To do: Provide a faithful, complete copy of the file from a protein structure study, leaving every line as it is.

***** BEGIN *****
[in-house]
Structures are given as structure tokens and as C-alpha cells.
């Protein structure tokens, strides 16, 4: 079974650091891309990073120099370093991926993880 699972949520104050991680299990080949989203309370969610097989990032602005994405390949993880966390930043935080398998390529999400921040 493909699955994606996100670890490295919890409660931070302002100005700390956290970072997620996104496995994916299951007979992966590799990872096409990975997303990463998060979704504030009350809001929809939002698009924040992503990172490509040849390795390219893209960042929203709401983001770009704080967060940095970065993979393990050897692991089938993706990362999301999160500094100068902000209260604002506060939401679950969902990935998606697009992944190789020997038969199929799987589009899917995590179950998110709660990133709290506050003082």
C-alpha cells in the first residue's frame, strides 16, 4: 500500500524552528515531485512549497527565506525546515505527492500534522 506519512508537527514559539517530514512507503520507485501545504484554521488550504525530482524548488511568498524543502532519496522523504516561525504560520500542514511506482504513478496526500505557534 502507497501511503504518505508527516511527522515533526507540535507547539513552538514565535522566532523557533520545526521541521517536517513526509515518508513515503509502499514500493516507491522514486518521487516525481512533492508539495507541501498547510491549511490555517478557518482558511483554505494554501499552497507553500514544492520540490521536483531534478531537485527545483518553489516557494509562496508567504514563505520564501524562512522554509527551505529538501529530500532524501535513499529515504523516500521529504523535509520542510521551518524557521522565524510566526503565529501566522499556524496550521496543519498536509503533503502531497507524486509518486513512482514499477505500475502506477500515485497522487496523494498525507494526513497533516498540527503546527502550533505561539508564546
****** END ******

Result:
[in-house]
Structures are given as structure tokens and as C-alpha cells.
């Protein structure tokens, strides 16, 4: 079974650091891309990073120099370093991926993880 699972949520104050991680299990080949989203309370969610097989990032602005994405390949993880966390930043935080398998390529999400921040 493909699955994606996100670890490295919890409660931070302002100005700390956290970072997620996104496995994916299951007979992966590799990872096409990975997303990463998060979704504030009350809001929809939002698009924040992503990172490509040849390795390219893209960042929203709401983001770009704080967060940095970065993979393990050897692991089938993706990362999301999160500094100068902000209260604002506060939401679950969902990935998606697009992944190789020997038969199929799987589009899917995590179950998110709660990133709290506050003082």
C-alpha cells in the first residue's frame, strides 16, 4: 500500500524552528515531485512549497527565506525546515505527492500534522 506519512508537527514559539517530514512507503520507485501545504484554521488550504525530482524548488511568498524543502532519496522523504516561525504560520500542514511506482504513478496526500505557534 502507497501511503504518505508527516511527522515533526507540535507547539513552538514565535522566532523557533520545526521541521517536517513526509515518508513515503509502499514500493516507491522514486518521487516525481512533492508539495507541501498547510491549511490555517478557518482558511483554505494554501499552497507553500514544492520540490521536483531534478531537485527545483518553489516557494509562496508567504514563505520564501524562512522554509527551505529538501529530500532524501535513499529515504523516500521529504523535509520542510521551518524557521522565524510566526503565529501566522499556524496550521496543519498536509503533503502531497507524486509518486513512482514499477505500475502506477500515485497522487496523494498525507494526513497533516498540527503546527502550533505561539508564546